Building the line provided all sorts of employment – there was plenty of earth to move requiring navvies and many other jobs – bricklaying and also carpentry and more technical jobs. If local men could get a decent wage working on the line it meant wages had to go up for other jobs. And of course, more money in the pockets of workers means more money gets spent locally. The added wealth filters through.

There may have been another local advantage, albeit it may not have seemed advantageous at the time. Travelling navvies moved into the village. Some stayed. These incomers broadened the gene pool which will have helped to maintain a healthy population.

One of the things I like about railways is the social history – the way the new development impinged on the lives of ordinary people – even those who never travelled by train. It isn’t all about old steam locos, although I do love them too.


Morlaix – 1st August 2002

January 4, 2013

This could be another story of a French bridge, for the railway viaduct at Morlaix is, in my eye, a magnificent structure. It strides across the Brittany town and appears incredibly lofty. Its actual height of 62 metres makes it a mere baby when compared with the Millau Viaduct but then Morlaix dates from the 1860s.

Anyway, I was there on 1st August 2002 and here’s the photo of the viaduct.


But the viaduct lost my attention as my ear heard the distinctive sound of live steam at road level. First one, then a couple and then a whole collection of steam cars drove in to Morlaix and parked up in the town.



All of the cars were British. This one dates from 1909


This one dates from 1910.


A 1911 model.


It was an unexpected and unlooked for pleasure to chat with the enthusiasts who owned or drove these lovely vehicles.

But let’s not ignore Morlaix. It’s a lovely place.


Another Modern French Bridge

November 16, 2012

Another Modern French Bridge

This bridge is famous for being the tallest bridge from valley floor to top of pillars anywhere.  As Rolf Harris said when painting (almost), ‘do you know where it is yet?’ Yes, it’s the Millau Viaduct which opened to traffic in December 2004 and was about 15 months old when we were there.

In 2006 we were heading to the south of France and phoned a potential B and B stop. The owner kept referring to a viaduct which we would see. We should have known what it was, but we were taken by surprise by the sheer scale of the thing.

The word we used to describe the ability to plan and make such a structure was ‘audacious’. That still seems the right words for this elegant, wonderful structure.

Even from a distance, you can’t get all of it framed in a camera.

It is altogether a hugely tall bridge. Those are the tall pillars and you could all but fit the Eifel Tower underneath the roadway and up to the top of the suspension towers makes it higher than the famous Paris landmark.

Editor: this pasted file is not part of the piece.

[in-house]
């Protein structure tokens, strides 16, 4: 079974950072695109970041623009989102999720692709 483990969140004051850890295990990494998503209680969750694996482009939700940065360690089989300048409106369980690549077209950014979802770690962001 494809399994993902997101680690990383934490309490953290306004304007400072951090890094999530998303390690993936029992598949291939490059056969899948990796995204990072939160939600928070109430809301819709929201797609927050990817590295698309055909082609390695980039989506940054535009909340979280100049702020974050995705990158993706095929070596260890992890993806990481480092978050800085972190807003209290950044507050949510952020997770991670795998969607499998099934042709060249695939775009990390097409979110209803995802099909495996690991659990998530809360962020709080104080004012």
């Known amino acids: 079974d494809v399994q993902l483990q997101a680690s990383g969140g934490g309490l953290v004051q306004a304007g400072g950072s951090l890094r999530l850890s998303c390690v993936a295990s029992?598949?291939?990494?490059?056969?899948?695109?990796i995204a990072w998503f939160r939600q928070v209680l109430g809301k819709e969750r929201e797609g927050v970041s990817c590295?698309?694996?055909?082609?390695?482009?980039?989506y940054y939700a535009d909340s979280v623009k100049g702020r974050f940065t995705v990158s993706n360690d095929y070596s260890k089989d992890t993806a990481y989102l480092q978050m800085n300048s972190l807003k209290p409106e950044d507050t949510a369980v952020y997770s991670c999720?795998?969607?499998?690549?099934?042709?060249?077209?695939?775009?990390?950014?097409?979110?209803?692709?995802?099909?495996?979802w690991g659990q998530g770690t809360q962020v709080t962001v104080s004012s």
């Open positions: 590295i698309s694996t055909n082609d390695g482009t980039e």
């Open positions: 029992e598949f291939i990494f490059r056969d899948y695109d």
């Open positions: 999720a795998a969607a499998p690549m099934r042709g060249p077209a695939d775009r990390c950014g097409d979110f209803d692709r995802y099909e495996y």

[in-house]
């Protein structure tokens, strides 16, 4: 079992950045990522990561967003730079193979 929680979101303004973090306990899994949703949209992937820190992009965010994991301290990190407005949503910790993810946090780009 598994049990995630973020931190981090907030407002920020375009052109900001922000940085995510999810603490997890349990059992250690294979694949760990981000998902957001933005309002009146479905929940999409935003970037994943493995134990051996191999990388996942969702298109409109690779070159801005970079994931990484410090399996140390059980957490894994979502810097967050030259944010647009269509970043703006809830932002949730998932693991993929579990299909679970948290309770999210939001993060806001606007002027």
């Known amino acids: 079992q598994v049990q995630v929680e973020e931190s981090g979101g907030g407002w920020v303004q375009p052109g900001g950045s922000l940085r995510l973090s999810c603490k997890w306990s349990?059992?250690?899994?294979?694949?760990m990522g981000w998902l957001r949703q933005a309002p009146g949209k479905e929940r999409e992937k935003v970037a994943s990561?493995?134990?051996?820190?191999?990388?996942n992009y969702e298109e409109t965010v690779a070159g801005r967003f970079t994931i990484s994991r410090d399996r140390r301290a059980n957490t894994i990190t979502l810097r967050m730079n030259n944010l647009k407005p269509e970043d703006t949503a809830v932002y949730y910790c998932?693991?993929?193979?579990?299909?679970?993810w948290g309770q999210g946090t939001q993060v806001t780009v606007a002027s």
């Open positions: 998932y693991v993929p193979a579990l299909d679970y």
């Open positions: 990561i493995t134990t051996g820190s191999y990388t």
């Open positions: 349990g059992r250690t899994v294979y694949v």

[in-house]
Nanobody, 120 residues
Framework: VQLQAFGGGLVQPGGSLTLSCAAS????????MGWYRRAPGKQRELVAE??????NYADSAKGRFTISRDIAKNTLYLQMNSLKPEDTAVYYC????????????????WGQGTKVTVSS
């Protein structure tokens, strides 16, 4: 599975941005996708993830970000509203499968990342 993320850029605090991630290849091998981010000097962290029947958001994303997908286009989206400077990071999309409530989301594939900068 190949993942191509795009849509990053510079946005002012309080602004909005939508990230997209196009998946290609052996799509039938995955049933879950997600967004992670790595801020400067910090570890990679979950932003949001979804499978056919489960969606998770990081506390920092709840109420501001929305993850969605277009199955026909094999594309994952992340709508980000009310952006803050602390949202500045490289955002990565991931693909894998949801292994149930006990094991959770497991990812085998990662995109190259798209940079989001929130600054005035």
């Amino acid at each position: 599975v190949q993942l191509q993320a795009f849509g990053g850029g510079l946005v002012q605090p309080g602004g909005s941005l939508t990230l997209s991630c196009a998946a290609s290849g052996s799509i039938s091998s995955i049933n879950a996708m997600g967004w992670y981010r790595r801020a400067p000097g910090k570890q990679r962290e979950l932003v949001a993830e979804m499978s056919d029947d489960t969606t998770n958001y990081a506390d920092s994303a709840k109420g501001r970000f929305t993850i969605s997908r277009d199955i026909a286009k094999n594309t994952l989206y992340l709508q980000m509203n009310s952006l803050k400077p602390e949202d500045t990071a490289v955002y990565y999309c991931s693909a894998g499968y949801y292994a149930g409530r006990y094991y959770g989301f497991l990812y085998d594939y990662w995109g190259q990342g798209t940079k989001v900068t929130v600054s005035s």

For those with a need to know, 343 metres is about 1125 feet or nearly three times the height of the cliffs at Beachy Head.

High above a huge lorry and trailer can be seen on the Millau Viaduct.

It really is an amazingly elegant structure.

It looks good by night as well.

The Bexhill West Branch

November 4, 2012

My dad was born in 1919 within sight and sound of the Bexhill West branch of the South Eastern and Chatham Railway. He wouldn’t really have had memories from before the grouping, but he told me he used to get confused about why people sometimes referred to Bexhill West as ‘the South eastern station’. He also commented that he knew people who had built the line, something he thought almost impossible since railways had clearly been there for all time. In fact, the line opened in 1902, just 17 years before dad’s birth.

In 1964, Dr Beeching had the line earmarked for closure. My dad decided he wanted to take a nostalgia trip along the line. He remembered ex Brighton D3 tanks as motive power, with the Westinghouse donkey pumps providing air pressure for the train braking system.. By 1964, a 2 car Hampshire style diesel unit provided the motive power.

Let’s start at the only intermediate station between Bexhill West and the Tonbridge to Hastings main line at Crowhurst. That was Sidley.

We appear to be the sole passengers waiting for the train. That’s me, resting on Dad’s shooting stick and clearly wearing some trousers that didn’t like my shoes.

I bought a platform ticket as a souvenir. It is dated 21st May 1964. The ticket I was given, however, had originally been printed earlier than that for it is a Southern Railway ticket and says it cost 1d – an old penny.

Sidley was the nearest station to the flats where my dad was born and brought up. He took a photo of the flats from the train. The quality is awful.

Yep! That row of unprepossessing flats is where Dad was born. He could see the trains from the back windows, just as we could see the flats from the train.

It’s now 48 years and a bit since we made this pilgrimage for Dad. I cannot remember precisely what we did – except that we went to both ends of the line.

Let’s see Bexhill West first.

There’s the two car diesel unit on the left. It ran the shuttle service between Bexhill West and Crowhurst. Hopefully, you didn’t wait long for a train from Hastings for the onward journey. Bexhill West looks far too grand. Perhaps it was never a sensible line to build, for the rival Brighton company already served Bexhill.

About half a mile from Crowhurst, the line crossed a little stream and this meant a large viaduct was needed. We went to look at it.

Dad managed a none too good shot of the Bexhill West train passing over this structure.

There’s an altogether sharper shot of the viaduct.

And so to Crowhurst Station

The Bexhill train is on the right,  with a Hastings bound train, from London, approaching.

Gosh.Dad was almost artistic here, framing the viaduct under the footbridge and organising a lad (me) to stand, casually, looking into the picture.


Crowhurst viaduct was blown up, as captured by a newspaper photographer.

We visited again in 1969 with half a demolition job done.

This time I was the photographer and I grabbed a photo of Dad on the rubble.

He’s in the white coat.